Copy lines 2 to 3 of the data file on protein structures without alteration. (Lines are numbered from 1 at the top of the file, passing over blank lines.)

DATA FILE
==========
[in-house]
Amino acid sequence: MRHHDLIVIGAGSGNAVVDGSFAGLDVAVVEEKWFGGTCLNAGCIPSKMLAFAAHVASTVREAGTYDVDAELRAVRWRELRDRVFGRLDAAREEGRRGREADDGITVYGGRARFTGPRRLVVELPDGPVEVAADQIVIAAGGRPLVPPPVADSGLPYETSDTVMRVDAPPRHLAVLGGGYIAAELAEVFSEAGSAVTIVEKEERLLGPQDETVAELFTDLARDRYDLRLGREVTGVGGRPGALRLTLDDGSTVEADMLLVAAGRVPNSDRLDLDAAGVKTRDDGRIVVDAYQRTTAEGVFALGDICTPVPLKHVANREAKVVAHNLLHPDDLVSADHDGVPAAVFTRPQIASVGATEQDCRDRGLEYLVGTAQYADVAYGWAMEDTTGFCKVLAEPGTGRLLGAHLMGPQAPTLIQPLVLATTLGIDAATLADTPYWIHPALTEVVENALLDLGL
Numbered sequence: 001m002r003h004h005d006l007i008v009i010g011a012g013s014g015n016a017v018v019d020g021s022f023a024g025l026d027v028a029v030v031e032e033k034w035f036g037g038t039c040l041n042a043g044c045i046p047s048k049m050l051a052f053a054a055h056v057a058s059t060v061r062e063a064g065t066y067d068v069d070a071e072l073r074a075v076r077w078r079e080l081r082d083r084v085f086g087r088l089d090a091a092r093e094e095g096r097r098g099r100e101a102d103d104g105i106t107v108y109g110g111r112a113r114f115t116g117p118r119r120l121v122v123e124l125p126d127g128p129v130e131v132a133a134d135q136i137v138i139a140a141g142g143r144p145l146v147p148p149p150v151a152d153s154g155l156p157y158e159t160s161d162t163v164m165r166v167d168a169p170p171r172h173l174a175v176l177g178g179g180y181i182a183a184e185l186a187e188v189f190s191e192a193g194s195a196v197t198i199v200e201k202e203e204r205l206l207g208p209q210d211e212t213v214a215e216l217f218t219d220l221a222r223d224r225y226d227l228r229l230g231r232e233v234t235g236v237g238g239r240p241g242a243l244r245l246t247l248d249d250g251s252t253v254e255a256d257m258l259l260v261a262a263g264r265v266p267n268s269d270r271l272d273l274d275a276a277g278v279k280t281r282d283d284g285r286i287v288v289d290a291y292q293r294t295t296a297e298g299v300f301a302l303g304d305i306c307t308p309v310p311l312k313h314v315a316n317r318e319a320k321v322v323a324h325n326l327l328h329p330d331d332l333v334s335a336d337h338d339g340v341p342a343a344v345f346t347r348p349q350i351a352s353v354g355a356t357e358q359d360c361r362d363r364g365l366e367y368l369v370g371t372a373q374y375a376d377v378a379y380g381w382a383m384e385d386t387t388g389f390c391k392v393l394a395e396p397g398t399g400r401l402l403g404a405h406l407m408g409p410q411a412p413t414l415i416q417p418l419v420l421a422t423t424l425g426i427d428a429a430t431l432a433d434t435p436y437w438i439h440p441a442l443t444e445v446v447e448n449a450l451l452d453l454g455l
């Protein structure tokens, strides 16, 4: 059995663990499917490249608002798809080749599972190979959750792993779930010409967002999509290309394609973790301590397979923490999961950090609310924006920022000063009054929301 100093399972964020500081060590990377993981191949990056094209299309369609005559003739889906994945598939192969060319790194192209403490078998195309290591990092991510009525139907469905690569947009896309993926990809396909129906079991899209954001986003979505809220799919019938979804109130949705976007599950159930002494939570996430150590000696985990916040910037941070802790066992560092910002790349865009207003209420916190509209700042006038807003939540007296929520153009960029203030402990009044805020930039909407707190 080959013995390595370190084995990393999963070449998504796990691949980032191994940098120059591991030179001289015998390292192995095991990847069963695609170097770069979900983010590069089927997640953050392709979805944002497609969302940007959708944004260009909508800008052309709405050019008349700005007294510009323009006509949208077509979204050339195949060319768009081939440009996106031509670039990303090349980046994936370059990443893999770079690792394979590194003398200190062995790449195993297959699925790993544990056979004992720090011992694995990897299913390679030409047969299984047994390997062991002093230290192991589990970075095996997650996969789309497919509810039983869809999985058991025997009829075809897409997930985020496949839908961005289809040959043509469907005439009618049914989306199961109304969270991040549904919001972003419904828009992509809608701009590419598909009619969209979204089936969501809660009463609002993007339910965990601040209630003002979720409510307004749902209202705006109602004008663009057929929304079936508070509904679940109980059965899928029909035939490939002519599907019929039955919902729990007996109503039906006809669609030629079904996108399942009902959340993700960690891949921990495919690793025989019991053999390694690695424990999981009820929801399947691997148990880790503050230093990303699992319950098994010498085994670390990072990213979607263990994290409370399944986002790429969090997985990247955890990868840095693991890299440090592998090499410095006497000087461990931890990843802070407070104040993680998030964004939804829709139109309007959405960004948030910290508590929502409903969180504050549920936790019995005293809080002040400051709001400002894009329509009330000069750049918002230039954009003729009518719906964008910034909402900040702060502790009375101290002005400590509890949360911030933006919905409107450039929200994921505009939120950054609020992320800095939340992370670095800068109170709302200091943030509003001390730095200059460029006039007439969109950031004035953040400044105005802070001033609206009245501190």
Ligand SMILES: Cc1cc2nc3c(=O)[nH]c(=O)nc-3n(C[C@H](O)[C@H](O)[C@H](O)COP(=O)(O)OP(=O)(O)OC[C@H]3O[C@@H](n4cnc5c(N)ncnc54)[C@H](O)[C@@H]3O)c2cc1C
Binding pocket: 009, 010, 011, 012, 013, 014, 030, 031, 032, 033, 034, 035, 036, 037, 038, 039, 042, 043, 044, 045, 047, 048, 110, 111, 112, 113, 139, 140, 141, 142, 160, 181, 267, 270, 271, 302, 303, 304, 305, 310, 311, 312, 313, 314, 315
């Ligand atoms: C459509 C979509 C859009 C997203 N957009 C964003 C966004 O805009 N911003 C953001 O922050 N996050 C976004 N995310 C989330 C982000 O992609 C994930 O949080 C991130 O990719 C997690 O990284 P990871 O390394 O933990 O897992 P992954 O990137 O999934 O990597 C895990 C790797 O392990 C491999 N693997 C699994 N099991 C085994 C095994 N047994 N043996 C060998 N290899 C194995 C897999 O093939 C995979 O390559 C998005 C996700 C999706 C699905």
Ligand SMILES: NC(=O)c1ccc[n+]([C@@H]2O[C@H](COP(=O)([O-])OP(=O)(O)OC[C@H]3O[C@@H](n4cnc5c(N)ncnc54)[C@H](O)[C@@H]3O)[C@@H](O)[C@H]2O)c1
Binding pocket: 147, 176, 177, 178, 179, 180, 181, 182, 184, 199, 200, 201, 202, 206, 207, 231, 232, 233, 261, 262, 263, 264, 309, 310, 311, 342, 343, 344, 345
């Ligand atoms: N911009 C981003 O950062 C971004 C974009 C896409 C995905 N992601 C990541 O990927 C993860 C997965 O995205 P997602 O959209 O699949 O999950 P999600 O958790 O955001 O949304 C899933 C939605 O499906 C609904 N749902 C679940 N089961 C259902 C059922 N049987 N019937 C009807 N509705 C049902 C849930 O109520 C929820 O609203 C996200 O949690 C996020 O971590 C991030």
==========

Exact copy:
Amino acid sequence: MRHHDLIVIGAGSGNAVVDGSFAGLDVAVVEEKWFGGTCLNAGCIPSKMLAFAAHVASTVREAGTYDVDAELRAVRWRELRDRVFGRLDAAREEGRRGREADDGITVYGGRARFTGPRRLVVELPDGPVEVAADQIVIAAGGRPLVPPPVADSGLPYETSDTVMRVDAPPRHLAVLGGGYIAAELAEVFSEAGSAVTIVEKEERLLGPQDETVAELFTDLARDRYDLRLGREVTGVGGRPGALRLTLDDGSTVEADMLLVAAGRVPNSDRLDLDAAGVKTRDDGRIVVDAYQRTTAEGVFALGDICTPVPLKHVANREAKVVAHNLLHPDDLVSADHDGVPAAVFTRPQIASVGATEQDCRDRGLEYLVGTAQYADVAYGWAMEDTTGFCKVLAEPGTGRLLGAHLMGPQAPTLIQPLVLATTLGIDAATLADTPYWIHPALTEVVENALLDLGL
Numbered sequence: 001m002r003h004h005d006l007i008v009i010g011a012g013s014g015n016a017v018v019d020g021s022f023a024g025l026d027v028a029v030v031e032e033k034w035f036g037g038t039c040l041n042a043g044c045i046p047s048k049m050l051a052f053a054a055h056v057a058s059t060v061r062e063a064g065t066y067d068v069d070a071e072l073r074a075v076r077w078r079e080l081r082d083r084v085f086g087r088l089d090a091a092r093e094e095g096r097r098g099r100e101a102d103d104g105i106t107v108y109g110g111r112a113r114f115t116g117p118r119r120l121v122v123e124l125p126d127g128p129v130e131v132a133a134d135q136i137v138i139a140a141g142g143r144p145l146v147p148p149p150v151a152d153s154g155l156p157y158e159t160s161d162t163v164m165r166v167d168a169p170p171r172h173l174a175v176l177g178g179g180y181i182a183a184e185l186a187e188v189f190s191e192a193g194s195a196v197t198i199v200e201k202e203e204r205l206l207g208p209q210d211e212t213v214a215e216l217f218t219d220l221a222r223d224r225y226d227l228r229l230g231r232e233v234t235g236v237g238g239r240p241g242a243l244r245l246t247l248d249d250g251s252t253v254e255a256d257m258l259l260v261a262a263g264r265v266p267n268s269d270r271l272d273l274d275a276a277g278v279k280t281r282d283d284g285r286i287v288v289d290a291y292q293r294t295t296a297e298g299v300f301a302l303g304d305i306c307t308p309v310p311l312k313h314v315a316n317r318e319a320k321v322v323a324h325n326l327l328h329p330d331d332l333v334s335a336d337h338d339g340v341p342a343a344v345f346t347r348p349q350i351a352s353v354g355a356t357e358q359d360c361r362d363r364g365l366e367y368l369v370g371t372a373q374y375a376d377v378a379y380g381w382a383m384e385d386t387t388g389f390c391k392v393l394a395e396p397g398t399g400r401l402l403g404a405h406l407m408g409p410q411a412p413t414l415i416q417p418l419v420l421a422t423t424l425g426i427d428a429a430t431l432a433d434t435p436y437w438i439h440p441a442l443t444e445v446v447e448n449a450l451l452d453l454g455l